The Canadian cat trains, a short-lived but key system of long distance trade that traversed through arduous geography, initially required the use of traction and pack animals, were the only means of movement of goods both exotic and basic to the settlements visited, and comprised the focus of lifeways for the people -many related by kin- who engaged in the trade. First-hand accounts and recollections by descendants of cat sleigh operations provide a unique view into the thinkscape of the people who engage in long distance trade, with the aim to provide insight into reconstructions of ancient caravanning. The northern Canada case study is compared to the contemporaneous historic trends of caravans in northern Chile, which has a well-documented and ancient history within the Andean sphere (Nunez 1976), and which is not the focus of the discussion here.

This research was borne out of two connected but unrelated events. The first came about from my fascination with Andean caravans, inspired by the rock art, geoglyphs, and modern caravans evident throughout the Andean region. Upon discovering Khazanov's Nomads and the Outside World (1984, 1994), I have been transfixed by comparisons of caravaners -people who travel long distances for weeks and months at a time, relying upon memory of landscape and social contacts, experts in political and economic survival- throughout time and space. Caravaners may travel with family or with economic partners, and rely upon both kin and non-kin hospitality en route, much in the way that Melanesian Trobrianders rely upon their trading partners maintained across generations (Malinowski 1922; Mauss 1970; Weiner 1992), and the way that Kalahari Jo/hoansi rely upon their non-kin social partners [hxaro] for survival when outside of their 'home' territory (Lee 2013).

The second impetus came with the discovery of established long-distance trade networks still in use by resourceful and knowledgeable inhabitants of northern Manitoba, Canada. An international gathering of archaeologists, historians, and anthropologists led me to reflect upon the broad parallels that underlie caravan activity: What skills and knowledge are required for those who undertake seasonal or annual trade journeys with pack animals? What makes a successful caravaner beyond the luck of survival through sometimes unpredictable and unreliable environmental or social zones? What factors link the personality and actions of caravaners over time and space? (Clarkson et al. 2017).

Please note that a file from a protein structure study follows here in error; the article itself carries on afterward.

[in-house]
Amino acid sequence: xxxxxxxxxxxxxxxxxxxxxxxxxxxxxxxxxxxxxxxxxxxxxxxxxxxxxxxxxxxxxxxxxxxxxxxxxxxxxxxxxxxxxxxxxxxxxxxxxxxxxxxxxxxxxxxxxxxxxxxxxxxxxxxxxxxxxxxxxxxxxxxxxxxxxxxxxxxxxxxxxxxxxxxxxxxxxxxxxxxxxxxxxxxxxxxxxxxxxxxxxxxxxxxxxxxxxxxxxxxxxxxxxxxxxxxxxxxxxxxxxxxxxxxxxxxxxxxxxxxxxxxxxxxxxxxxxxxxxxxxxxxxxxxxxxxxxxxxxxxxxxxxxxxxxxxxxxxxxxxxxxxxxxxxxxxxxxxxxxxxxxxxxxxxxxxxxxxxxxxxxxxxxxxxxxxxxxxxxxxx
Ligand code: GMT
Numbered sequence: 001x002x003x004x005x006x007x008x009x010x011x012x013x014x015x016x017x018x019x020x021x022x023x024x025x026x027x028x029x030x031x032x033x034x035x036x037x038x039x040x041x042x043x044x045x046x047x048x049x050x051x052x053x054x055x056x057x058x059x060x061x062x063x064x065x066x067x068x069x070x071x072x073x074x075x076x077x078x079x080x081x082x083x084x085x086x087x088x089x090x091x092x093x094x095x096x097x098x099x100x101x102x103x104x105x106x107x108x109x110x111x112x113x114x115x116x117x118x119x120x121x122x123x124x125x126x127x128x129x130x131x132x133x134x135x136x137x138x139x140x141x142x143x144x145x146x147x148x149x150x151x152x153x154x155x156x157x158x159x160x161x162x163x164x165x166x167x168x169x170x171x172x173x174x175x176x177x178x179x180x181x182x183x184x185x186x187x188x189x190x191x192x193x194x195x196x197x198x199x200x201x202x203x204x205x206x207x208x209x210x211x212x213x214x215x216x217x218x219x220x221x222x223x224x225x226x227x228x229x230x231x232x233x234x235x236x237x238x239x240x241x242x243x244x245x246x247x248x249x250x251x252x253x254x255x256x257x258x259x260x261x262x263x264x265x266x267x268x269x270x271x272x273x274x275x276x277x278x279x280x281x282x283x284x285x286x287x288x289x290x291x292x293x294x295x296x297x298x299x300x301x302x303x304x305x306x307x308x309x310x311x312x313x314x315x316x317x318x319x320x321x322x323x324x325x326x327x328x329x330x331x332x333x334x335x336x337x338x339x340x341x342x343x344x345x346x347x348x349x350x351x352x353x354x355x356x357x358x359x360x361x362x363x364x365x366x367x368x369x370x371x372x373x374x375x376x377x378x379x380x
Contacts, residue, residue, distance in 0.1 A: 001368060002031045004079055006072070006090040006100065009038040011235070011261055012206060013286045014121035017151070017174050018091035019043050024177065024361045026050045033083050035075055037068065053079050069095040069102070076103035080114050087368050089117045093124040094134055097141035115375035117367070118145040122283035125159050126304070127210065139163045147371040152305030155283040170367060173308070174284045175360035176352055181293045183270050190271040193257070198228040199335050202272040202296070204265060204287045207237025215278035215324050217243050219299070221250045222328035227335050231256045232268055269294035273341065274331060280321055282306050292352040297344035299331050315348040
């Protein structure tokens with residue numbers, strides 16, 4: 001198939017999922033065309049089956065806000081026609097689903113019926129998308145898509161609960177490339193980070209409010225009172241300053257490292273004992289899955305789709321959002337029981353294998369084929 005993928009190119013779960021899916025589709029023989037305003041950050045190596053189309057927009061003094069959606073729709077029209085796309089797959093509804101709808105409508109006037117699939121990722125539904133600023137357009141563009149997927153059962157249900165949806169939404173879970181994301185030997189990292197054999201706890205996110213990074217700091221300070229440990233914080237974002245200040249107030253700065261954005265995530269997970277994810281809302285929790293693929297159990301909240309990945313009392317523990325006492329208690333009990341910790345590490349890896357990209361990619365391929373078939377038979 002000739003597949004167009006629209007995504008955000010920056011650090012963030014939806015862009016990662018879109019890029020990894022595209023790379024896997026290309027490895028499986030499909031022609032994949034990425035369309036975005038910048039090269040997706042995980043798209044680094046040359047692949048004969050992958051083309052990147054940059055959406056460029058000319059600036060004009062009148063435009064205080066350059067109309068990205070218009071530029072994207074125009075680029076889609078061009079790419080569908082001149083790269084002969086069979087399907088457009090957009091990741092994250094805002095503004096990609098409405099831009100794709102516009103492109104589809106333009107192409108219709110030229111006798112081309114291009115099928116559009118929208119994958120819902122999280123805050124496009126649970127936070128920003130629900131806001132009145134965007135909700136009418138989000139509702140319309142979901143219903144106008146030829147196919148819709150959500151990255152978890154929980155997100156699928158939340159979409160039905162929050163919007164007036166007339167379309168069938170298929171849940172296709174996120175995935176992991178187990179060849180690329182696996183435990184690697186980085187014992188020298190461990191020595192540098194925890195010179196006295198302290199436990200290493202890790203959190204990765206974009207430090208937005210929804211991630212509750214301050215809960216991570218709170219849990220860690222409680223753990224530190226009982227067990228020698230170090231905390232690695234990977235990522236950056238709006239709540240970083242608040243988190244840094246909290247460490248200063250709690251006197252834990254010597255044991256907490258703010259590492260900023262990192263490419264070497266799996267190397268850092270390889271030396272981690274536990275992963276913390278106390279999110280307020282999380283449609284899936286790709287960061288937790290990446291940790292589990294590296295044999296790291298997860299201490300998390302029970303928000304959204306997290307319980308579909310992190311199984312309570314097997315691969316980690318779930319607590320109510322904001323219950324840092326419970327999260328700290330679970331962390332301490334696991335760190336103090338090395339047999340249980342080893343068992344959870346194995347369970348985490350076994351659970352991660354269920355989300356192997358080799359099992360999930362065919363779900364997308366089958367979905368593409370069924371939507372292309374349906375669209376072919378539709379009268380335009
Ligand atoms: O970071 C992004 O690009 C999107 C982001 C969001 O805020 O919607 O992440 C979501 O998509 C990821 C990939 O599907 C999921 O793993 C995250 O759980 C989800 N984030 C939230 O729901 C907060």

My actual experience with Andean caravans is limited to a week-long re-creation of a caravan undertaken in 2000 with Lautaro Nunez and Luis Briones for the purposes of a documentary entitled La Ultima Caravana (2002). To complement and expand on this brief experience, I have spent much time walking on caravan trails and camping in the Atacama Desert alone, as well as in the company of my colleagues Luis

Briones and Oscar Varela, and also with colleagues at the Museo San Miguel de Azapa in northern Chile. I've got a good sense of direction, I can think my way to finding disrupted trails with excellent results, and I've got a good sense of the kinds of places where people camped or stopped to make offerings before proceeding. But I travel where there are no longer permanent settlements, I rarely cross ecological zones, and I have not encountered anything but one errant hummingbird, a bat, and an occasional condor. What is the practical side of the journey -the social, political, or economic- skills that play into successful caravanning?

In recent decades there have been numerous ethnographic studies on caravanning peoples that provide invaluable insight for specific analogies and cross-cultural comparisons to comprehend precontact practices, organization, and values, and the Andean research includes studies on the mixed economies of pastoralists who engage in caravanning (Capriles and Tripcevich 2016; Flores Ochoa 1975, 1977, 1988; Lecoq 1997; Nielsen 1997, 1997-1998, 2011; Núñez and Nielsen 2011). Old World ethnoarchaeological research has been undertaken in Ethiopia (Woldekiros 2014), Sudan (Förster et al. 2013), Chad and Libya (Meerpohl 2013), and Tanzania (Biginagwa 2012).